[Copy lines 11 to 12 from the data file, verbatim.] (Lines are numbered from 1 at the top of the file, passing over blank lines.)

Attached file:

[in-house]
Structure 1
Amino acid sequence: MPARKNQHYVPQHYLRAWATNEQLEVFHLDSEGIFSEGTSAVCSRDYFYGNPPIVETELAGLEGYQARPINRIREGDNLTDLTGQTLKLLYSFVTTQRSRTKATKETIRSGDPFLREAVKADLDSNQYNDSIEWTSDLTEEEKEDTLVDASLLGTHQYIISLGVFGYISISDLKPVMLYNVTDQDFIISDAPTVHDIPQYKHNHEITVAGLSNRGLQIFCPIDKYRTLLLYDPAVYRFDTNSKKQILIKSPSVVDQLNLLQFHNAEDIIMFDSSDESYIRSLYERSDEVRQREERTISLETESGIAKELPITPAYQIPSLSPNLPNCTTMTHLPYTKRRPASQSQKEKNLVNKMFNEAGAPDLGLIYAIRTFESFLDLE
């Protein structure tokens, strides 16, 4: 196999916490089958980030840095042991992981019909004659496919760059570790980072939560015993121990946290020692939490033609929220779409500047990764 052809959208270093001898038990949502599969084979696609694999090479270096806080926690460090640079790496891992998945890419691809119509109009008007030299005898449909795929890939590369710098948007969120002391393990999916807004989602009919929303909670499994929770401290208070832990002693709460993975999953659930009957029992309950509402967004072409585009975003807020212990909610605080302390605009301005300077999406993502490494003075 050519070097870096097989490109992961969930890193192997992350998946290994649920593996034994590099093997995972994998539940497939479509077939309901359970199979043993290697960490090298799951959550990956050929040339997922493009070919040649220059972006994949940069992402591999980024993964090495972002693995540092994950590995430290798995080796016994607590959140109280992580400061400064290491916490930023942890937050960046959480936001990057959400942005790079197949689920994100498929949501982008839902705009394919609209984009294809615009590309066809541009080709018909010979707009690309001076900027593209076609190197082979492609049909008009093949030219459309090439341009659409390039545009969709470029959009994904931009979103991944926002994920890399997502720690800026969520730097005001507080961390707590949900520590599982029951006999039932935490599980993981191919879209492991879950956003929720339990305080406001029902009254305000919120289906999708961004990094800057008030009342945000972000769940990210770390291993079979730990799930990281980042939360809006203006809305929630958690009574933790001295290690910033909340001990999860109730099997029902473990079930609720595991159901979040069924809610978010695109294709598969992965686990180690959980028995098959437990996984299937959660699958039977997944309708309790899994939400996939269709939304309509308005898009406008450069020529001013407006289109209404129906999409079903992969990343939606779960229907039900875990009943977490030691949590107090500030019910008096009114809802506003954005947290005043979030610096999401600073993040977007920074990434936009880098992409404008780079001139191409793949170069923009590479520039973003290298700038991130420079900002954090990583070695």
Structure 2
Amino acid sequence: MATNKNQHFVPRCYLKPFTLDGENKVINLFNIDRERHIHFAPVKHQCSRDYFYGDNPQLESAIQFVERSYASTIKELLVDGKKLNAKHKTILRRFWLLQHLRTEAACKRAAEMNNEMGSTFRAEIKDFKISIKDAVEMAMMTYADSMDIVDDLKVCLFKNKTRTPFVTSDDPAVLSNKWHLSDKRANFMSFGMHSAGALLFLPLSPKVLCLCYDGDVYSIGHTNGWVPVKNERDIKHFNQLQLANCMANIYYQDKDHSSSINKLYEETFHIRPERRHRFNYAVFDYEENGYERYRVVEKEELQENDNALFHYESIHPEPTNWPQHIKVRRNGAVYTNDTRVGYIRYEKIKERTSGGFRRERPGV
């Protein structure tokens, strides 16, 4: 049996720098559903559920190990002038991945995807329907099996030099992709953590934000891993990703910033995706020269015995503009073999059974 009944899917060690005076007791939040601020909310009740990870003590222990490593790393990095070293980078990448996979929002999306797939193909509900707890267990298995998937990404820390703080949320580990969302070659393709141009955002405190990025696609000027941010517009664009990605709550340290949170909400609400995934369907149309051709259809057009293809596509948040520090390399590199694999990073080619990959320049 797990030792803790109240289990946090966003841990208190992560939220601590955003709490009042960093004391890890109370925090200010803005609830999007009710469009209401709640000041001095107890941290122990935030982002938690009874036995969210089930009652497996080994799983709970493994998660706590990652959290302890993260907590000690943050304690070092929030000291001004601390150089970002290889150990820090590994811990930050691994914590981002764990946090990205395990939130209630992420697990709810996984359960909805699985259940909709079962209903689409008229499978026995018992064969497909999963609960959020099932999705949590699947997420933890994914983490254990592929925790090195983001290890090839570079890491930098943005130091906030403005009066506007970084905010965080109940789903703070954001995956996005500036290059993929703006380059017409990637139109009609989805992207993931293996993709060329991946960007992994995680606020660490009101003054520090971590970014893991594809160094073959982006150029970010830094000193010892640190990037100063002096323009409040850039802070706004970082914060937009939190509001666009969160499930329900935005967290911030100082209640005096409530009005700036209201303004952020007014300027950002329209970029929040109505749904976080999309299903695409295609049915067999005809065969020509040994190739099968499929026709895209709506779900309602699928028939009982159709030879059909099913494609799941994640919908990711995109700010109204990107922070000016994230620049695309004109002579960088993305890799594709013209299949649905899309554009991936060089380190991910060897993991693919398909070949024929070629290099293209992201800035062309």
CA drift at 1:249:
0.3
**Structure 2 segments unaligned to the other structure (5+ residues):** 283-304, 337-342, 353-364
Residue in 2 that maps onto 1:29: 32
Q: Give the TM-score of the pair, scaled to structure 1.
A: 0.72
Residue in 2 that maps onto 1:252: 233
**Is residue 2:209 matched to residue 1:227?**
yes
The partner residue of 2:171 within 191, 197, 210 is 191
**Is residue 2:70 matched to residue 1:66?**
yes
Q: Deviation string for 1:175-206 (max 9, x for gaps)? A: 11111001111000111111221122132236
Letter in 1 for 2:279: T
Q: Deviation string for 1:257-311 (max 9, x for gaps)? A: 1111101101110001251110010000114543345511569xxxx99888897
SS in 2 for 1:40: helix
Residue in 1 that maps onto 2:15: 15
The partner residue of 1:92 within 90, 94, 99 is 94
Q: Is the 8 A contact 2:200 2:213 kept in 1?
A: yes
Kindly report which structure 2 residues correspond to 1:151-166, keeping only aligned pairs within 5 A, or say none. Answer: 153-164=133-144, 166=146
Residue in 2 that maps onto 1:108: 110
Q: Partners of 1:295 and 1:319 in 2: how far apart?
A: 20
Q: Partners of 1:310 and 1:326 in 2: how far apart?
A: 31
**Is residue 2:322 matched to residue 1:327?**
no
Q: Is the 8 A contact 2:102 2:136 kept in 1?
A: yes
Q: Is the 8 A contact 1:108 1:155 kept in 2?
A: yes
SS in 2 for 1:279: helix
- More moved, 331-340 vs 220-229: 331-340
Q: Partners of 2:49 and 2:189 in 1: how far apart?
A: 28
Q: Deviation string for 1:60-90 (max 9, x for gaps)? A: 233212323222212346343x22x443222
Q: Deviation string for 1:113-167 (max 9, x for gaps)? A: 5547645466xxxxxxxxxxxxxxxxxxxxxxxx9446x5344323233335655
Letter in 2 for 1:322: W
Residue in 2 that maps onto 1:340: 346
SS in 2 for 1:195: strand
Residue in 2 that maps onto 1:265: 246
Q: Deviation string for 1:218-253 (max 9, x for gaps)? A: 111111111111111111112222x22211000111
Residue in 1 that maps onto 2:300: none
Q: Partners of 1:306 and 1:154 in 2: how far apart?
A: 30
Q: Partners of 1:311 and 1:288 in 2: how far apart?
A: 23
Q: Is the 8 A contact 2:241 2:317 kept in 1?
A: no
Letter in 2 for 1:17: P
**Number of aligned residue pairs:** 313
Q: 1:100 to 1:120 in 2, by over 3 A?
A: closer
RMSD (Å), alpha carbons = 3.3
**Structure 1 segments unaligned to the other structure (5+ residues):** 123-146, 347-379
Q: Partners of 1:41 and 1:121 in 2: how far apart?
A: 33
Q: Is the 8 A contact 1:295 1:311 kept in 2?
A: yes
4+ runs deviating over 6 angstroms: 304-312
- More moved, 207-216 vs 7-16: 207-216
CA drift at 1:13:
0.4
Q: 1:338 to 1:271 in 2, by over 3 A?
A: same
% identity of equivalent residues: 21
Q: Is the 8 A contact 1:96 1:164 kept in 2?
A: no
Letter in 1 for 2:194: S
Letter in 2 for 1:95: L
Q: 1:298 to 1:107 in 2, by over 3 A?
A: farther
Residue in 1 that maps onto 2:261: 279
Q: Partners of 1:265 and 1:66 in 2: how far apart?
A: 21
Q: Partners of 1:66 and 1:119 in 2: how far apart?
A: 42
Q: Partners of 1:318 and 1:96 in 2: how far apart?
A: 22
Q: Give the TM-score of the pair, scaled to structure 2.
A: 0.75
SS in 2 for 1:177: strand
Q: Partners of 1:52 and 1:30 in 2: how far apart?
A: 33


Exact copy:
Residue in 2 that maps onto 1:29: 32
Q: Give the TM-score of the pair, scaled to structure 1.